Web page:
INTERVIEW WITH Ruthie Allen of RUTH EILEEN PHOTOGRAPHY | Boston, Massachusetts
Hi Ruthie! Thanks for taking some time to share a little bit about yourself as well as how you run your successful photography business! First off tell us a little about yourself! Are you married? Any children?
Thanks so much for having me Heidi! I am married. Chris and I celebrated our second anniversary this past October. We don’t have any children but we have plenty of nieces & nephews that keep us busy!
For women I think it’s particularly hard to balance family life and work life…..How do you keep your marriage strong from the stresses of your business life?
Chris and I both feel that having a Christ centered marriage is what keeps it strong. We also make sure we take one night out of the week to “hang out”, just the two of us! Whether its grabbing dinner somewhere or just going for a drive, we always make a point to have “us” time!
How long have you been in the photography business, and what do you specialize in most?
I have been in business for 2 years. I specialize in wedding photography. I do other kinds of photography too but newly engaged couples are my favorite to work with! I love being able to capture weddings. The engagement period and wedding day is one of the most important times in a couple’s life.
What have you learned is the most important aspect of running a successful photography business?
I think the most important aspect is being able to relate well with your clients and being genuinely interested in who they are and what makes their relationship unique and special. This deeper relationship with my clients allows me to capture them for who they truly are and reflect that in their images. In turn my clients are more pleased with their experience with my business and with their finished products and are more likely to refer me to friends! 🙂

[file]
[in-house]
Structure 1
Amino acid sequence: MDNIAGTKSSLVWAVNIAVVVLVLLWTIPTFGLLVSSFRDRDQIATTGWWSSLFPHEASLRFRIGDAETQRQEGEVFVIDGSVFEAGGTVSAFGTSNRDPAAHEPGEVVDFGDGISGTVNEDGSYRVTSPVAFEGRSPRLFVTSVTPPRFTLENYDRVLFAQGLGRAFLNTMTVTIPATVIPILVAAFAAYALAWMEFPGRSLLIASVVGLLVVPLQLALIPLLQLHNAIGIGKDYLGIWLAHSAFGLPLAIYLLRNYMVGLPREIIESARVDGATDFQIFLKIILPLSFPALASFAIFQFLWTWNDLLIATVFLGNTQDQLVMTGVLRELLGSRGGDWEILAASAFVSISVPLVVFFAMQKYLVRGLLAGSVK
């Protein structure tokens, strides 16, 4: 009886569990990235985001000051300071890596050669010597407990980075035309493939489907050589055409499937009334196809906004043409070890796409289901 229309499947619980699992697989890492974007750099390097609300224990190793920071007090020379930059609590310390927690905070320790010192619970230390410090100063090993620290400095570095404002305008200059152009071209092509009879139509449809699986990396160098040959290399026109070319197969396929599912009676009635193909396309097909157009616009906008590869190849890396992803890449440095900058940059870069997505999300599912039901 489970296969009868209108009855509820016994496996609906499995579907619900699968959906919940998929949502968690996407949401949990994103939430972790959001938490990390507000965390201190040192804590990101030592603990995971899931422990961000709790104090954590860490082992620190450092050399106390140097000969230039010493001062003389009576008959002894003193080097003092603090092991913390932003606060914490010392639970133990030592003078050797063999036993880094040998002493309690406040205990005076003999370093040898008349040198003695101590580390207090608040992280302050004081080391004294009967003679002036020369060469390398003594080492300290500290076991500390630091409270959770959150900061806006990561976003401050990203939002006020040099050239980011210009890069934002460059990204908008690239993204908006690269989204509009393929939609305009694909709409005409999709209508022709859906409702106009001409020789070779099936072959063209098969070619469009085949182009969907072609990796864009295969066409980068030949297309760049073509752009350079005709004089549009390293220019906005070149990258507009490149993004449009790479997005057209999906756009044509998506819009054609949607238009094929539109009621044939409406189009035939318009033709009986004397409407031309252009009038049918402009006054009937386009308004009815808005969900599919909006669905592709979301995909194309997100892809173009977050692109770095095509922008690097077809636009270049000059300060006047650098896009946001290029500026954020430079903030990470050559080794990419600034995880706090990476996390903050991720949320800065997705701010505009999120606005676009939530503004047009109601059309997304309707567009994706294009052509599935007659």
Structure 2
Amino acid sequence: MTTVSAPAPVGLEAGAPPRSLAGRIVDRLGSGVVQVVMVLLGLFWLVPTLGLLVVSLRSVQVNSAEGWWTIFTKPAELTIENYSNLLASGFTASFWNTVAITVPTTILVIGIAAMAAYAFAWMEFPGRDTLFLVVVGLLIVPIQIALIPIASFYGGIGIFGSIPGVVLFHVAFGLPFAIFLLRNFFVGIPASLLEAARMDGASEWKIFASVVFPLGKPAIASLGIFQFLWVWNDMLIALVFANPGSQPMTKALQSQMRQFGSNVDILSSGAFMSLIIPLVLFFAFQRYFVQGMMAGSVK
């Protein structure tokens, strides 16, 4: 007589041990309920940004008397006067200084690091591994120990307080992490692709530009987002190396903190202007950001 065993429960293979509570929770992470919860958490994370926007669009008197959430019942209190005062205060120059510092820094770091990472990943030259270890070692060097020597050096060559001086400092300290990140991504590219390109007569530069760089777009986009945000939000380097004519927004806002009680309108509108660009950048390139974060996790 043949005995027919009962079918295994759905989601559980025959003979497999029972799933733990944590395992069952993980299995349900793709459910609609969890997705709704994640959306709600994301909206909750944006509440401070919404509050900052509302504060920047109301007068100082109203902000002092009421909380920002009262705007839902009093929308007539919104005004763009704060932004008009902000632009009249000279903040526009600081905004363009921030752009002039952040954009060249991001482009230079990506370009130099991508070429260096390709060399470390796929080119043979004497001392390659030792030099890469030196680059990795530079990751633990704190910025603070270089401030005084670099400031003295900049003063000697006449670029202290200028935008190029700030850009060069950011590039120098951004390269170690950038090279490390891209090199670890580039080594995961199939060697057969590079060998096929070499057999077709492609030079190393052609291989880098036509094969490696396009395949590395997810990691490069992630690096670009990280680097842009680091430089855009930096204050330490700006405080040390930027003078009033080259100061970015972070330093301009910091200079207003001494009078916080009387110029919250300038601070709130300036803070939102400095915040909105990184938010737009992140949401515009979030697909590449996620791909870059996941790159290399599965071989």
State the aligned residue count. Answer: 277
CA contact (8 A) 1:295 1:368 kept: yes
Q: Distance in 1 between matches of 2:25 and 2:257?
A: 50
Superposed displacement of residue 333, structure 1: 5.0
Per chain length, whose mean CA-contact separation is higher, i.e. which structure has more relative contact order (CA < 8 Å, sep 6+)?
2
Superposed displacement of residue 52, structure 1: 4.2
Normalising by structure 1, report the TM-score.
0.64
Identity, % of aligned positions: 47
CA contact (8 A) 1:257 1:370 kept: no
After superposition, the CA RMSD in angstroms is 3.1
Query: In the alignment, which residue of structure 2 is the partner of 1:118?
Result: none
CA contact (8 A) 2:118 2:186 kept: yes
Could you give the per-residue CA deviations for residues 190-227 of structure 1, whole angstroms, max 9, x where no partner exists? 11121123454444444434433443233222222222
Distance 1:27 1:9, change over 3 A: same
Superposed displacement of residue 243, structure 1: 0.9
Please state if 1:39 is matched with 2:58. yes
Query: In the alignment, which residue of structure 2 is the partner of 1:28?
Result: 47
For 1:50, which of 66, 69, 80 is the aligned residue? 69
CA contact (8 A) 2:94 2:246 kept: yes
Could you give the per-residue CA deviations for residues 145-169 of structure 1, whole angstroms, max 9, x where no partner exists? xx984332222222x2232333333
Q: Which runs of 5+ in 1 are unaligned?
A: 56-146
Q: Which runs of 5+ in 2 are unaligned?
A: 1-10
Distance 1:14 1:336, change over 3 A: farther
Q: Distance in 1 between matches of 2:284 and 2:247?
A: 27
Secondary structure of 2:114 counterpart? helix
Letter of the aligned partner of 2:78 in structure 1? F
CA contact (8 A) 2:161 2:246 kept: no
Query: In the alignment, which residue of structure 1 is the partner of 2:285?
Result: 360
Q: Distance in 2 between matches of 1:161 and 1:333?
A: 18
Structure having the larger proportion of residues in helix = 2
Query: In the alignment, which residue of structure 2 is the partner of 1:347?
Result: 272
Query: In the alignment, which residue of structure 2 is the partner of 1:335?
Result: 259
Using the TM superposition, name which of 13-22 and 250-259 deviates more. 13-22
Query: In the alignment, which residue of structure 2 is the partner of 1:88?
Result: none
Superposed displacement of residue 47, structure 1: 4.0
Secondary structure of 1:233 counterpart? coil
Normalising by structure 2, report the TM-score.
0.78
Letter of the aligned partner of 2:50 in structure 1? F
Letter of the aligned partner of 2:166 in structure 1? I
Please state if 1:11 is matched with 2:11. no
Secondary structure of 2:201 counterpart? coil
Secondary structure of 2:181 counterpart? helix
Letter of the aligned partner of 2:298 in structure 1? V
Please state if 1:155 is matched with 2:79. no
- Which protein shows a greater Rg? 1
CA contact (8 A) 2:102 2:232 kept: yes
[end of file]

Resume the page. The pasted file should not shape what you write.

What are you most proud of as a business woman? What is something you might do differently with your business if you could go back in time and do it again?
I am most proud that I was able to keep my business afloat even after moving across country. My husband and I just relocated to Boston, Massachusetts in August. I had almost a year to prepare for the move. I knew I wanted to keep my business and keep doing what I loved, so I spent those months networking & marketing myself as a Boston wedding photographer. It was the most beneficial thing I could have done for my business to succeed in a new city. Literally a week after we moved to Boston I had the opportunity to 2nd shoot with another photographer in the area and that whole next month I was booked to 2nd shoot with multiple photographers. Within 4 months of living in Boston I had shot my first 2 weddings in the new city.
I wish I would have listed out my goals for my business on paper instead of just keep them inside my head. Ha! I wish I wouldn’t have been scared to push myself to achieve those goals or dreams I had hidden away in my heart. It wasn’t until last year at my first photography workshop (Branches & Light) that I first put on paper a small list of goals I wanted to achieve last year. That list I made pushed me this past year to be better and to set out to achieve those goals.
When you were first starting out, what were your top three things you did in business to bring in clients?
1) I offered special promotions or discounts.